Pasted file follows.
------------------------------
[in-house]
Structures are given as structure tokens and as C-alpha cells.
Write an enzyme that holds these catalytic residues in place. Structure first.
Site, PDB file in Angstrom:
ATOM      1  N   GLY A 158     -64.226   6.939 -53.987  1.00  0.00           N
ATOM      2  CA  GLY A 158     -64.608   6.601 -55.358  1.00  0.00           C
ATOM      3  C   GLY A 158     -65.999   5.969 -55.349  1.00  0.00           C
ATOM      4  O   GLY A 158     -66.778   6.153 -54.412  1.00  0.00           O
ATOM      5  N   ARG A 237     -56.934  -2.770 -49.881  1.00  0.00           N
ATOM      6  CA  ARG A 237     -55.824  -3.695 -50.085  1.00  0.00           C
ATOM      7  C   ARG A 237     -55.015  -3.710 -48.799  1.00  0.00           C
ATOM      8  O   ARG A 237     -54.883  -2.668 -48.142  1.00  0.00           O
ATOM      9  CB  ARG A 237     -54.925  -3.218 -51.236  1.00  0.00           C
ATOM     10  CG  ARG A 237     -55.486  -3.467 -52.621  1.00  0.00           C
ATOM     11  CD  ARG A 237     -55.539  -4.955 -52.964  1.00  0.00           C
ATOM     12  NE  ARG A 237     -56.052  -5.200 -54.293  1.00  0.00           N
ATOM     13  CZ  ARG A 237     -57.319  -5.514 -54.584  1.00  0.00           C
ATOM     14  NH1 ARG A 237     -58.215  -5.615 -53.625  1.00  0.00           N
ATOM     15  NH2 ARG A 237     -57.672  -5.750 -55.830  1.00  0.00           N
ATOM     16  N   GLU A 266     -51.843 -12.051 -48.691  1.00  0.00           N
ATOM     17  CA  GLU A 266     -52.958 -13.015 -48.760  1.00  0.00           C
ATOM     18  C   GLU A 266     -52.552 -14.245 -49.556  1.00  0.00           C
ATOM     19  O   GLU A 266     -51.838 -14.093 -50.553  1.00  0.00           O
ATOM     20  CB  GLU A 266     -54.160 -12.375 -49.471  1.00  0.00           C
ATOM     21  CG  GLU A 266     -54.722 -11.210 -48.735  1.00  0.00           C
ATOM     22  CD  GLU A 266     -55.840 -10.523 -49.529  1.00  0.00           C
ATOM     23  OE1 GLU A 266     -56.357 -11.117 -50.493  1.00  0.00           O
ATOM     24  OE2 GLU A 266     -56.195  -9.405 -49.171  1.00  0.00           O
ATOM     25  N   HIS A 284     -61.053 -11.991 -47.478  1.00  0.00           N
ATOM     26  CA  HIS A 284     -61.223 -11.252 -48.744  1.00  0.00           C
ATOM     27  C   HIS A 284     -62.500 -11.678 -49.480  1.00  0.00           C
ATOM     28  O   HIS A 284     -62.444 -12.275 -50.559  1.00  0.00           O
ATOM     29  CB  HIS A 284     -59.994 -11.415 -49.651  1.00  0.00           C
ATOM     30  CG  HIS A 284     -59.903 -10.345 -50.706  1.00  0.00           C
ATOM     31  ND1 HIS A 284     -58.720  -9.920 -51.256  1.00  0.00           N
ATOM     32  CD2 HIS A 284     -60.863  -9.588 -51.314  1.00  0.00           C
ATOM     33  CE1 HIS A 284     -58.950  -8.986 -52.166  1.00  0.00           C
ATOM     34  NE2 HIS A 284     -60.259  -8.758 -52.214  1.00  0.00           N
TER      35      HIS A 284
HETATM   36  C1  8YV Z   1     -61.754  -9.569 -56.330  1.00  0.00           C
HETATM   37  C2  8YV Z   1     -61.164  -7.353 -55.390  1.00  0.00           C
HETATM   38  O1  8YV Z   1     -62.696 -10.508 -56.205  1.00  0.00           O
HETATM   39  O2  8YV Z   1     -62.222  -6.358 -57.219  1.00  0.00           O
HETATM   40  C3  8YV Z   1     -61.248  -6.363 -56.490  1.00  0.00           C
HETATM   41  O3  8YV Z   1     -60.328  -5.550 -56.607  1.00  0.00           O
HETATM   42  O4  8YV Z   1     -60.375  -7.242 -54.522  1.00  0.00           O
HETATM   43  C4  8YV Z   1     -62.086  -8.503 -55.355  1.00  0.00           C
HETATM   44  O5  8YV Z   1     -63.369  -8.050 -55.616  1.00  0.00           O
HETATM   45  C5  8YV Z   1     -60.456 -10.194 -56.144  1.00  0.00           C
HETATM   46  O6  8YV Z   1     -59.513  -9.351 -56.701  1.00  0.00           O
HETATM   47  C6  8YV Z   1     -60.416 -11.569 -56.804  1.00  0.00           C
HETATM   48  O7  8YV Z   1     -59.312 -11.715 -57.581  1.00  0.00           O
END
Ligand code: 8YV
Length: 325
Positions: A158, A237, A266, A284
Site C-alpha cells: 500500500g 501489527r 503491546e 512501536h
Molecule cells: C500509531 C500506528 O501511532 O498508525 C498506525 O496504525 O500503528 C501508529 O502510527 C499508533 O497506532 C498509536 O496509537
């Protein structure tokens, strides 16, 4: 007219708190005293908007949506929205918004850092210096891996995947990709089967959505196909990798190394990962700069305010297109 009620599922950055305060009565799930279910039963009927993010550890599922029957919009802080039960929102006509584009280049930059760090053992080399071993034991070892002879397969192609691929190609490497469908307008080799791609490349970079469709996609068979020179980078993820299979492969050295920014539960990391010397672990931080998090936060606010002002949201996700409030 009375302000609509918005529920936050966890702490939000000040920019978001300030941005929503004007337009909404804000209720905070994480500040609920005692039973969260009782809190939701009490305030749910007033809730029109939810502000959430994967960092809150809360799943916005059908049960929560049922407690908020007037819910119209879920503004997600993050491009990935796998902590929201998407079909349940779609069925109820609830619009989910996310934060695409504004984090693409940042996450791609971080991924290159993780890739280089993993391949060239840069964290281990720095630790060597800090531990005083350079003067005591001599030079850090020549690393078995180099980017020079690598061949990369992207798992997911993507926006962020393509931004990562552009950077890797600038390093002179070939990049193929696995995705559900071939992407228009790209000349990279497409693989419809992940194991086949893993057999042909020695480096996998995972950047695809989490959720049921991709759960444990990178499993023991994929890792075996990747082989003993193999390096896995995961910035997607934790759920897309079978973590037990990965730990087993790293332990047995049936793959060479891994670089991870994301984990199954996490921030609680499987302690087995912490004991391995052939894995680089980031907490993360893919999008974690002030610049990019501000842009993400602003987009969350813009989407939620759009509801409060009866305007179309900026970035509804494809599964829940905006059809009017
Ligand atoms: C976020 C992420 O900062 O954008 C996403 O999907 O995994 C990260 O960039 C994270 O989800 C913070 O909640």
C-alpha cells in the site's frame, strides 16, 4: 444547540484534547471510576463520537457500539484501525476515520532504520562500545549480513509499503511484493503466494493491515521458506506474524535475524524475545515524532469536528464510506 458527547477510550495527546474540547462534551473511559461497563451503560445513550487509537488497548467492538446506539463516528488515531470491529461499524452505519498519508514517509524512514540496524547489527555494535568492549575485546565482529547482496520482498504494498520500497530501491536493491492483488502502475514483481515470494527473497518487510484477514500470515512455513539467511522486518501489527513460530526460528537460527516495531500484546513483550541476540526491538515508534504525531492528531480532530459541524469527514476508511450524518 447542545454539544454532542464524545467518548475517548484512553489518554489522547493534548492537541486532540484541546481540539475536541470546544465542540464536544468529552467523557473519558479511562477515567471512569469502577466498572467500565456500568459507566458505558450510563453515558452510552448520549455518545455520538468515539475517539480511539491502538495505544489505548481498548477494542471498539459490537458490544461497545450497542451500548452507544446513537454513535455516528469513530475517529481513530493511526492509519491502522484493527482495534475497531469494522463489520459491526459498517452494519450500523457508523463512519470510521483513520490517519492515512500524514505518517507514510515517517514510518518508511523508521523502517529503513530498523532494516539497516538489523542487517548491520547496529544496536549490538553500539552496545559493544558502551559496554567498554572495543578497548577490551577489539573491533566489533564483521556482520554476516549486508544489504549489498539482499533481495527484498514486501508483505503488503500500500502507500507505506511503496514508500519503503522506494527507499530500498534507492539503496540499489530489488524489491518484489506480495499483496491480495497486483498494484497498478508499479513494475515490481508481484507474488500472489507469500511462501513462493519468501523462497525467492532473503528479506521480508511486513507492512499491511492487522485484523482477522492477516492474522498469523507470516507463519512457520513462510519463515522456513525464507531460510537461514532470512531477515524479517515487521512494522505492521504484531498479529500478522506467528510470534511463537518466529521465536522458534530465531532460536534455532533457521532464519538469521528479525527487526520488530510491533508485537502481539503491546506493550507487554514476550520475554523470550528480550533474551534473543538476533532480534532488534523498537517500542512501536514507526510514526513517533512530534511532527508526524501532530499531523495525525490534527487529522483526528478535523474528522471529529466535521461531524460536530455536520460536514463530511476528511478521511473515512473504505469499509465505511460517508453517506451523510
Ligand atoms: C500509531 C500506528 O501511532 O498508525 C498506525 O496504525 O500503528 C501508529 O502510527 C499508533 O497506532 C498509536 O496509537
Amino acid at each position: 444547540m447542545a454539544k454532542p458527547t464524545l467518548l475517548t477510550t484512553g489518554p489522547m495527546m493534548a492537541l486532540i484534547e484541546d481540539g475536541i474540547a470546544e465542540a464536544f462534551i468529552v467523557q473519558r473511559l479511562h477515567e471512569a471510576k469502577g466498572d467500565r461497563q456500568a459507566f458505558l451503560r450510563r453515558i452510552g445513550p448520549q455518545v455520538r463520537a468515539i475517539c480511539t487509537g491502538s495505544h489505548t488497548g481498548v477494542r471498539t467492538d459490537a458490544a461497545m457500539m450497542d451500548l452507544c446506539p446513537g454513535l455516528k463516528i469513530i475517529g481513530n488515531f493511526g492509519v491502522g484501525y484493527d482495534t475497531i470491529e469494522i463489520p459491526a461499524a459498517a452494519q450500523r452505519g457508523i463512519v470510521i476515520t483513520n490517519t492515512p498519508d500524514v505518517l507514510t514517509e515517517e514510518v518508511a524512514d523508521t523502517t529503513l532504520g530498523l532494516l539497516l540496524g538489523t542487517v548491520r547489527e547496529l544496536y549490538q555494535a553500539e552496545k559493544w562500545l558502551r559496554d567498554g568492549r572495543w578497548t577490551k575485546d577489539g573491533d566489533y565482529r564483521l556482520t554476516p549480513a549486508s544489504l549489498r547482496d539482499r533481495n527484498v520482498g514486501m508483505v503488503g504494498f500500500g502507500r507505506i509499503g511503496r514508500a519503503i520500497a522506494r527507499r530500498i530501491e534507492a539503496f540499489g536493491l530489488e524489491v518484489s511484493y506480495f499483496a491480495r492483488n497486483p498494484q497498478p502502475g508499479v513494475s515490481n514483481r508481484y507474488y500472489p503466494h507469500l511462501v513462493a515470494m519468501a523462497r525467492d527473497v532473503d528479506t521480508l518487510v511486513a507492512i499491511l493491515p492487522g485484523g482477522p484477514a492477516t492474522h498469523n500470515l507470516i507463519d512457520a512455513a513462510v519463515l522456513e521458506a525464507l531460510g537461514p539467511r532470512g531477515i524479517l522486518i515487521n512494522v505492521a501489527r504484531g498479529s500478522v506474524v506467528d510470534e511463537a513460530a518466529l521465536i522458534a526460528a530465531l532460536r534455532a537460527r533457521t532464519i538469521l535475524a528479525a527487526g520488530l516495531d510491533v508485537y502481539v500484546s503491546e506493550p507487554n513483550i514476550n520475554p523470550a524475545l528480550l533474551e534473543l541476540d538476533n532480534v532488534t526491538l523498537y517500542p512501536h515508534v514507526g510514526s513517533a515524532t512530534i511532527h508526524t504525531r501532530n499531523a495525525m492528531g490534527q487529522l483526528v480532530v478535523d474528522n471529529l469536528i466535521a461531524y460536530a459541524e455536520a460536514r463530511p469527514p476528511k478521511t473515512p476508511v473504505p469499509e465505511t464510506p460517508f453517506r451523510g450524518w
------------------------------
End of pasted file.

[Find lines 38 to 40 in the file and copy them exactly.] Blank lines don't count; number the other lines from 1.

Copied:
ATOM     34  NE2 HIS A 284     -60.259  -8.758 -52.214  1.00  0.00           N
TER      35      HIS A 284
HETATM   36  C1  8YV Z   1     -61.754  -9.569 -56.330  1.00  0.00           C